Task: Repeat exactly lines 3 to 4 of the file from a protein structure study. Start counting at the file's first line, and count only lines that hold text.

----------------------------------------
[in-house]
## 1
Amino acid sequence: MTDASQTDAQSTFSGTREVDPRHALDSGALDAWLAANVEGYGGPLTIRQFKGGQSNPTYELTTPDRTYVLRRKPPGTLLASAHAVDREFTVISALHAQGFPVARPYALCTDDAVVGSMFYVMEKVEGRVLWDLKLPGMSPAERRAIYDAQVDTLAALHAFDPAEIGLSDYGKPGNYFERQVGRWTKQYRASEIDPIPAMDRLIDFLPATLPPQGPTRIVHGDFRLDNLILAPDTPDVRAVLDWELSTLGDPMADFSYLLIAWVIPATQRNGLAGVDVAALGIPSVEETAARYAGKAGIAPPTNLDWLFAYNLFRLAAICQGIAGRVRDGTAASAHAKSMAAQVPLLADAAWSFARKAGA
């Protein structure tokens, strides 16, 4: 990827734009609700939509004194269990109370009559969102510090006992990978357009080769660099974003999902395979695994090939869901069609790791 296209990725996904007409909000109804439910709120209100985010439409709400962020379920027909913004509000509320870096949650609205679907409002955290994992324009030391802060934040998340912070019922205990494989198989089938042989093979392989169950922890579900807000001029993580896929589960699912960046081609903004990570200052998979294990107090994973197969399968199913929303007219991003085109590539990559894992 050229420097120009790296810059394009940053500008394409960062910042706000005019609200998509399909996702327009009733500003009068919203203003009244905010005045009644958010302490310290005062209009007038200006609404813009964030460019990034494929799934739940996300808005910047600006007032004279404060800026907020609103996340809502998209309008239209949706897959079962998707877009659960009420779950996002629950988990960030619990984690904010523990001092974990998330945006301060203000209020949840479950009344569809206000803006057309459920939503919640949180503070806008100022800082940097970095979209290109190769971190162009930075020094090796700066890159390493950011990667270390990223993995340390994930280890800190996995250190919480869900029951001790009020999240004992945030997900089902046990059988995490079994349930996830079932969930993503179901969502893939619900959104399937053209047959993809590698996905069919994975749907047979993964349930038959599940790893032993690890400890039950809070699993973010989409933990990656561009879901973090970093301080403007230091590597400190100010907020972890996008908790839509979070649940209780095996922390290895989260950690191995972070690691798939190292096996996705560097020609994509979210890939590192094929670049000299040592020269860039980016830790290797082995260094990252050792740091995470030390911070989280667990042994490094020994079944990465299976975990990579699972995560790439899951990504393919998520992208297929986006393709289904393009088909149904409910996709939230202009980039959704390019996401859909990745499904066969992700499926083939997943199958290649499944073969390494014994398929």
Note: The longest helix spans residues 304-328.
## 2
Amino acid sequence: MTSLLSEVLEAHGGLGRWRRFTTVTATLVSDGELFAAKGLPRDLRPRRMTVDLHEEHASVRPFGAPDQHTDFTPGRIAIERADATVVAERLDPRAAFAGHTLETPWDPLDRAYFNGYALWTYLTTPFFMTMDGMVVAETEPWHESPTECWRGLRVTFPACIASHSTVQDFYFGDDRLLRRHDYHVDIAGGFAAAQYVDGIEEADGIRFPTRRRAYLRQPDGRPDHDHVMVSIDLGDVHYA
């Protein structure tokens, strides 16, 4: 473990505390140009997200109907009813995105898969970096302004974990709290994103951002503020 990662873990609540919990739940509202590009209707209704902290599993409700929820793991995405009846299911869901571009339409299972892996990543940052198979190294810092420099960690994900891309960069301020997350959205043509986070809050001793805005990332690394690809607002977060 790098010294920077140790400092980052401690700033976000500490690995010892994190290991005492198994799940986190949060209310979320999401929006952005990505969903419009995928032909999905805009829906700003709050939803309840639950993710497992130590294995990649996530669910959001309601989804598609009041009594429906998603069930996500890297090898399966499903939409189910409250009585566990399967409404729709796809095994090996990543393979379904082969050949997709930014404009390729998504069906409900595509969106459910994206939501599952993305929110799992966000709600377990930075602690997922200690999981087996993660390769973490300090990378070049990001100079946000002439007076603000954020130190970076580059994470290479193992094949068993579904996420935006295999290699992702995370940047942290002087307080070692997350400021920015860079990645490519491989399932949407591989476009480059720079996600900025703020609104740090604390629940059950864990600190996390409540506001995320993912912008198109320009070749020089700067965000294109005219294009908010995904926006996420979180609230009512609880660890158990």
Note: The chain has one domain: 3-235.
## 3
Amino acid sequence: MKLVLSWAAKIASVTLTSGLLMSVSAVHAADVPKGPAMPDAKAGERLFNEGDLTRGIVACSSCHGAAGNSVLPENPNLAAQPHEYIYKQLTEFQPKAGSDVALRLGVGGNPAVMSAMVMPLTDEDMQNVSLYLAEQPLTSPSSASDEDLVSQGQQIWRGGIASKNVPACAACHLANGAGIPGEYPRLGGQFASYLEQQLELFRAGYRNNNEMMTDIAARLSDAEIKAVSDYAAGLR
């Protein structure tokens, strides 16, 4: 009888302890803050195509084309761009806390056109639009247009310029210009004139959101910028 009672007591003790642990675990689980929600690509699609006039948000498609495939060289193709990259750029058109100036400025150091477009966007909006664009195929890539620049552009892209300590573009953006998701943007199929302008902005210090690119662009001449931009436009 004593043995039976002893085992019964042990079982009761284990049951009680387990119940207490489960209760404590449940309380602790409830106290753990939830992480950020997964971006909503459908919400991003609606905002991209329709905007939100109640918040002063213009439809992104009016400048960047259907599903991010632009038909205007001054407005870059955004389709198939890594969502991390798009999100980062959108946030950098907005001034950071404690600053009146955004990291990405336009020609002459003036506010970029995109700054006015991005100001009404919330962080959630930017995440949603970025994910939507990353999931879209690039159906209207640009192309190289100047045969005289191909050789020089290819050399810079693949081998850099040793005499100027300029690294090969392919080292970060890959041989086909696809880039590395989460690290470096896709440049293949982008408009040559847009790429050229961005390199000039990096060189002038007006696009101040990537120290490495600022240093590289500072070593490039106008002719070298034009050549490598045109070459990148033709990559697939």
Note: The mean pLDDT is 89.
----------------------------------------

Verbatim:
Amino acid sequence: MTDASQTDAQSTFSGTREVDPRHALDSGALDAWLAANVEGYGGPLTIRQFKGGQSNPTYELTTPDRTYVLRRKPPGTLLASAHAVDREFTVISALHAQGFPVARPYALCTDDAVVGSMFYVMEKVEGRVLWDLKLPGMSPAERRAIYDAQVDTLAALHAFDPAEIGLSDYGKPGNYFERQVGRWTKQYRASEIDPIPAMDRLIDFLPATLPPQGPTRIVHGDFRLDNLILAPDTPDVRAVLDWELSTLGDPMADFSYLLIAWVIPATQRNGLAGVDVAALGIPSVEETAARYAGKAGIAPPTNLDWLFAYNLFRLAAICQGIAGRVRDGTAASAHAKSMAAQVPLLADAAWSFARKAGA
């Protein structure tokens, strides 16, 4: 990827734009609700939509004194269990109370009559969102510090006992990978357009080769660099974003999902395979695994090939869901069609790791 296209990725996904007409909000109804439910709120209100985010439409709400962020379920027909913004509000509320870096949650609205679907409002955290994992324009030391802060934040998340912070019922205990494989198989089938042989093979392989169950922890579900807000001029993580896929589960699912960046081609903004990570200052998979294990107090994973197969399968199913929303007219991003085109590539990559894992 050229420097120009790296810059394009940053500008394409960062910042706000005019609200998509399909996702327009009733500003009068919203203003009244905010005045009644958010302490310290005062209009007038200006609404813009964030460019990034494929799934739940996300808005910047600006007032004279404060800026907020609103996340809502998209309008239209949706897959079962998707877009659960009420779950996002629950988990960030619990984690904010523990001092974990998330945006301060203000209020949840479950009344569809206000803006057309459920939503919640949180503070806008100022800082940097970095979209290109190769971190162009930075020094090796700066890159390493950011990667270390990223993995340390994930280890800190996995250190919480869900029951001790009020999240004992945030997900089902046990059988995490079994349930996830079932969930993503179901969502893939619900959104399937053209047959993809590698996905069919994975749907047979993964349930038959599940790893032993690890400890039950809070699993973010989409933990990656561009879901973090970093301080403007230091590597400190100010907020972890996008908790839509979070649940209780095996922390290895989260950690191995972070690691798939190292096996996705560097020609994509979210890939590192094929670049000299040592020269860039980016830790290797082995260094990252050792740091995470030390911070989280667990042994490094020994079944990465299976975990990579699972995560790439899951990504393919998520992208297929986006393709289904393009088909149904409910996709939230202009980039959704390019996401859909990745499904066969992700499926083939997943199958290649499944073969390494014994398929």